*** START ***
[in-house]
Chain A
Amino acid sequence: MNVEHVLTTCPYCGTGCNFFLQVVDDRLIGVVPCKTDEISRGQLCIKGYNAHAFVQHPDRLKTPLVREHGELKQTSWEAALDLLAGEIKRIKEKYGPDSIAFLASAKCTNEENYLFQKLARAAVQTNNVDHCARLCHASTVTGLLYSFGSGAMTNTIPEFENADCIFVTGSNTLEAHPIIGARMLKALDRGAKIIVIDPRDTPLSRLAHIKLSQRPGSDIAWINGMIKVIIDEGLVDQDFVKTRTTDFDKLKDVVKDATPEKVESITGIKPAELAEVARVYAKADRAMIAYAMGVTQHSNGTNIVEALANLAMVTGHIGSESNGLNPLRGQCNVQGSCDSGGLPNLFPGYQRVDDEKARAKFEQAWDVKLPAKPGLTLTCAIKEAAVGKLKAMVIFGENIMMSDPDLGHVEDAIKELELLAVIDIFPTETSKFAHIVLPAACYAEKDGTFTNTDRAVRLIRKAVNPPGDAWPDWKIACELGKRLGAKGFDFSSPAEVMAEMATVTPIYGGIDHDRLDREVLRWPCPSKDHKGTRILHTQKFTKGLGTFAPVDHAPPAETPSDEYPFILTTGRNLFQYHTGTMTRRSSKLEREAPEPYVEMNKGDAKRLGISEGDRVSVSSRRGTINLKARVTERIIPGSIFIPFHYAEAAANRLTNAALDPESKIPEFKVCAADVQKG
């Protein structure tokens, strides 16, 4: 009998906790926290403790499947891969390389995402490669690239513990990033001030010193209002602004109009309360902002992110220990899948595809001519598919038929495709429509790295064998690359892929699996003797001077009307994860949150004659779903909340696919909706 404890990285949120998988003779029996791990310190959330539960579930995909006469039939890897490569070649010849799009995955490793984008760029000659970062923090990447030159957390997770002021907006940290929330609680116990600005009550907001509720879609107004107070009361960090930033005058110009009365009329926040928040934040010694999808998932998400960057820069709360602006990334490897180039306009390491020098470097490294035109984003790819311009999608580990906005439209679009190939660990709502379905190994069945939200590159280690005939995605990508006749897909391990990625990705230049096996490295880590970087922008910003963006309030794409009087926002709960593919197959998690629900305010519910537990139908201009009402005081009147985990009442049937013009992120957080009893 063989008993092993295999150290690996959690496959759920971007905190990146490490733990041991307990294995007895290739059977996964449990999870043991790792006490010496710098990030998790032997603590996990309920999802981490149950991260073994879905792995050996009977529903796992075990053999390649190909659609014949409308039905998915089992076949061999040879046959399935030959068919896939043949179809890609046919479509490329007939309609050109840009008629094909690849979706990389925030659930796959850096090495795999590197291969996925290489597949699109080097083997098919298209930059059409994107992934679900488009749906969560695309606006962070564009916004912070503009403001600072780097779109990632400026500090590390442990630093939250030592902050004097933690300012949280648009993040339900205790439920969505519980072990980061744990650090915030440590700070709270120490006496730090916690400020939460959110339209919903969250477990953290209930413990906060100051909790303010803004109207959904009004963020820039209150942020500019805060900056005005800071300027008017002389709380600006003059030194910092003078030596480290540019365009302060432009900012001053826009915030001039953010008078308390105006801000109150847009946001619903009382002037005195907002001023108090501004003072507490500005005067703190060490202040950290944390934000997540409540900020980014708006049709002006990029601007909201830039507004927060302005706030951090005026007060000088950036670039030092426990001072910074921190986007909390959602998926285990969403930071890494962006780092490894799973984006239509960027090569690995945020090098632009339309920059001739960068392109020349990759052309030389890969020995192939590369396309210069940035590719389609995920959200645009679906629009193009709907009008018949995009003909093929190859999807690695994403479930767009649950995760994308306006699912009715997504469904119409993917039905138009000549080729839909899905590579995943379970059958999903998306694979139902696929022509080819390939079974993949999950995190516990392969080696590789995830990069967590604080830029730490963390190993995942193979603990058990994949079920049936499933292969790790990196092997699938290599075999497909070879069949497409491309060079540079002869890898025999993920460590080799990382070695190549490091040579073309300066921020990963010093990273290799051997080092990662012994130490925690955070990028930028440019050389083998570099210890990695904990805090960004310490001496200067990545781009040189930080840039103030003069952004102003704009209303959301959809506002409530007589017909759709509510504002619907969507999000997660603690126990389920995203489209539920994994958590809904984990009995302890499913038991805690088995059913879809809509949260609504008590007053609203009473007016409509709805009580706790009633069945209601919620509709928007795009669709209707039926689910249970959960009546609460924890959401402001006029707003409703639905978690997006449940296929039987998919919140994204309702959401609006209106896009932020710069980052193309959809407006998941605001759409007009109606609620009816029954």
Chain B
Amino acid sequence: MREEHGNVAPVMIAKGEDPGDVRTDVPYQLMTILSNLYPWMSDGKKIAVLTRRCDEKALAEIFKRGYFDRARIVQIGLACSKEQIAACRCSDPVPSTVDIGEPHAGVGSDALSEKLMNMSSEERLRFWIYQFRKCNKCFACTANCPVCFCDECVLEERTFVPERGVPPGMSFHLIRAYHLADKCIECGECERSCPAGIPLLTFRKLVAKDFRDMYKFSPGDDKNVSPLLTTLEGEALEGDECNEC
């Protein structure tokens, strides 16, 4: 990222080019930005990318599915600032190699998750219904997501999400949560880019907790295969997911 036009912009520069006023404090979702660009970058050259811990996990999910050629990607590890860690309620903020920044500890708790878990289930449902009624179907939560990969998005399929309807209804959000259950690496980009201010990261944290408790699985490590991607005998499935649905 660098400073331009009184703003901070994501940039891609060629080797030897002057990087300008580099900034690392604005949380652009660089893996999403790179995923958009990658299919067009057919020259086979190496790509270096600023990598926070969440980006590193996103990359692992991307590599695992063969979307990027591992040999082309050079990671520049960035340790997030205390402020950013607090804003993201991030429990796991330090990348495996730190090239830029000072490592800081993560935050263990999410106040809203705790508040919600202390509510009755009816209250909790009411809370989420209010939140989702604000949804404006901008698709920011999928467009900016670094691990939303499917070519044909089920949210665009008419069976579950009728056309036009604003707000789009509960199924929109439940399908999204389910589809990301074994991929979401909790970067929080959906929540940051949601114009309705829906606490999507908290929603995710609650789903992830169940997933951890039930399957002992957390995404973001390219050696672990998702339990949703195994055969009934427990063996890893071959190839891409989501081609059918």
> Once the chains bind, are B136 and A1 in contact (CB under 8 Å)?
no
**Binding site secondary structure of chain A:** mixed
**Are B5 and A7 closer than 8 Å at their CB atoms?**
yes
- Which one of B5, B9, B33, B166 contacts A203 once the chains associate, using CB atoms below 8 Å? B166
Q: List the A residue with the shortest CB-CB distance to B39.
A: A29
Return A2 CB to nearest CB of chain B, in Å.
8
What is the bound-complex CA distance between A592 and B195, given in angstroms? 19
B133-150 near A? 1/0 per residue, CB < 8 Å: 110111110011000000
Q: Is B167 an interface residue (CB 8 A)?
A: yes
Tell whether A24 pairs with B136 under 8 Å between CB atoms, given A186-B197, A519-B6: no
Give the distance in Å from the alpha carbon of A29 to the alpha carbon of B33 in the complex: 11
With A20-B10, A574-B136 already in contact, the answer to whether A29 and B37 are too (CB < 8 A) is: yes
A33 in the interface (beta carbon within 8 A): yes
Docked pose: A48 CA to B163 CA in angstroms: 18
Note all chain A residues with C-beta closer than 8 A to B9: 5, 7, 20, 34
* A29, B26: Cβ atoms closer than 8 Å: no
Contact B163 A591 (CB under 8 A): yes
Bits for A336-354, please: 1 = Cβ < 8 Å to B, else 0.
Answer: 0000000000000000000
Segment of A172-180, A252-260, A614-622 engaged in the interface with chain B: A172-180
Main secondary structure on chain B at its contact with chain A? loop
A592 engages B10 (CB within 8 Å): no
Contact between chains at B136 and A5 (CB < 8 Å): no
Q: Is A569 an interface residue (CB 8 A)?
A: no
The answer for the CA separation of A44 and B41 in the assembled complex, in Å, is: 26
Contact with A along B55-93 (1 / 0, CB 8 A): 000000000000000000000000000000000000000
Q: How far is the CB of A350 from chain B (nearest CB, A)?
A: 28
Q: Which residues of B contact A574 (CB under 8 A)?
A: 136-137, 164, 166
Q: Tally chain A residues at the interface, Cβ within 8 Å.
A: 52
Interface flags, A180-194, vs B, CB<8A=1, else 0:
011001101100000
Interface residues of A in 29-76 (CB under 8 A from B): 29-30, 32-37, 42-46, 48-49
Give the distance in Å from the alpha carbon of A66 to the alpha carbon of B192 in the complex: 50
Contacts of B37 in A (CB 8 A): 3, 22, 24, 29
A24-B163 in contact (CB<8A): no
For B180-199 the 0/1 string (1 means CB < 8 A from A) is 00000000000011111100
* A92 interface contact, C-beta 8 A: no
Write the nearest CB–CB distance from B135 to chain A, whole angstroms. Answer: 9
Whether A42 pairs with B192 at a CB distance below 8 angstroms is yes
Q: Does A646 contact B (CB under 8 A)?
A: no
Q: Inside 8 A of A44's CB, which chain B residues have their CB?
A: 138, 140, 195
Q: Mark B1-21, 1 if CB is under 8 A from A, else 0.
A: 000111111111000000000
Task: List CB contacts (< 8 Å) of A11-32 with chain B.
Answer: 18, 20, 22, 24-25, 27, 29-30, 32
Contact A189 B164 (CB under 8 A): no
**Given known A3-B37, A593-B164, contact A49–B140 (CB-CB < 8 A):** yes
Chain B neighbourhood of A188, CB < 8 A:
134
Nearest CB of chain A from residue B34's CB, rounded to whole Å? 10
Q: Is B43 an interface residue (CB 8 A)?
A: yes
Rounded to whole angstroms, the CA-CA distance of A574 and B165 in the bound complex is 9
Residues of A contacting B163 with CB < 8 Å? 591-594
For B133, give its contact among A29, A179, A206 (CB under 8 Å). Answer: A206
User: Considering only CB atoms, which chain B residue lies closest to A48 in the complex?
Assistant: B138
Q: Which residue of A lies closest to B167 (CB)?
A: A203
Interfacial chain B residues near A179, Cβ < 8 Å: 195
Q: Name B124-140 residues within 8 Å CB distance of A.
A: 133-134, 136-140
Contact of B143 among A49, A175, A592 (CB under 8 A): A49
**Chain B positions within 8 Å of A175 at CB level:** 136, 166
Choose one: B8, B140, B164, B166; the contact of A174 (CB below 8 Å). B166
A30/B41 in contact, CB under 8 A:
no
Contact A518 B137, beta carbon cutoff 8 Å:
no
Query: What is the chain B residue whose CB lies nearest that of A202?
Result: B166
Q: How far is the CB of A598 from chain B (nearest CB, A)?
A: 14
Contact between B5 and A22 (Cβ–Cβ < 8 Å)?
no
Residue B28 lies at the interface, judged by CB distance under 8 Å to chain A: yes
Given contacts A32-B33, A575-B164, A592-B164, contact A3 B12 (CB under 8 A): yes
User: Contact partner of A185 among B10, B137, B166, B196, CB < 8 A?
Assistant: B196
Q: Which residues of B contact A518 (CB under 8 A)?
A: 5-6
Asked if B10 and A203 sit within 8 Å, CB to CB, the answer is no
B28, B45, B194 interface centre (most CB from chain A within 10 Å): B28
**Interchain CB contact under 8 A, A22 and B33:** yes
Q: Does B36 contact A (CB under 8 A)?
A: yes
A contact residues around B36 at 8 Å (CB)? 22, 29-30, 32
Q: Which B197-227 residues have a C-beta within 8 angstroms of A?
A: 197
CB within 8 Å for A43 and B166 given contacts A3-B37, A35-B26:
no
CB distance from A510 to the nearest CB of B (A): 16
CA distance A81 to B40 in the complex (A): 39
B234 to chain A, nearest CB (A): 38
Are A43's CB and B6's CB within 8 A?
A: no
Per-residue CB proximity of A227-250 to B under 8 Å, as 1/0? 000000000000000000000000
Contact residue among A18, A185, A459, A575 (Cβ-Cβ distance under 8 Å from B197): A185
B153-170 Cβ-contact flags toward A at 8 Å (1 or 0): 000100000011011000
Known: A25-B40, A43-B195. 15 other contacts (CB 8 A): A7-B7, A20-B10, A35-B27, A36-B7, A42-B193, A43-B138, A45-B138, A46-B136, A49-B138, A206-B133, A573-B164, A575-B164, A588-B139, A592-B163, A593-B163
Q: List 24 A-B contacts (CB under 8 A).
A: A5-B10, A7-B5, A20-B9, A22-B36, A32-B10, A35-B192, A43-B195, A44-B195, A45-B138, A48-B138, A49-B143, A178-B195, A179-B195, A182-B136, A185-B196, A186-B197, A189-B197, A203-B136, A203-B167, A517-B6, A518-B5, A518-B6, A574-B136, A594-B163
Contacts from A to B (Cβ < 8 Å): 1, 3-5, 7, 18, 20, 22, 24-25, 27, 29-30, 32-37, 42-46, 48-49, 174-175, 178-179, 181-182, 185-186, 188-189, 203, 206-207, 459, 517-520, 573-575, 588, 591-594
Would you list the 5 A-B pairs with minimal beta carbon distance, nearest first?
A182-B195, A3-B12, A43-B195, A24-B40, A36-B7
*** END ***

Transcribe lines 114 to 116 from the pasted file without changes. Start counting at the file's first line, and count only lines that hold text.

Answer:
A: no
Per-residue CB proximity of A227-250 to B under 8 Å, as 1/0? 000000000000000000000000
Contact residue among A18, A185, A459, A575 (Cβ-Cβ distance under 8 Å from B197): A185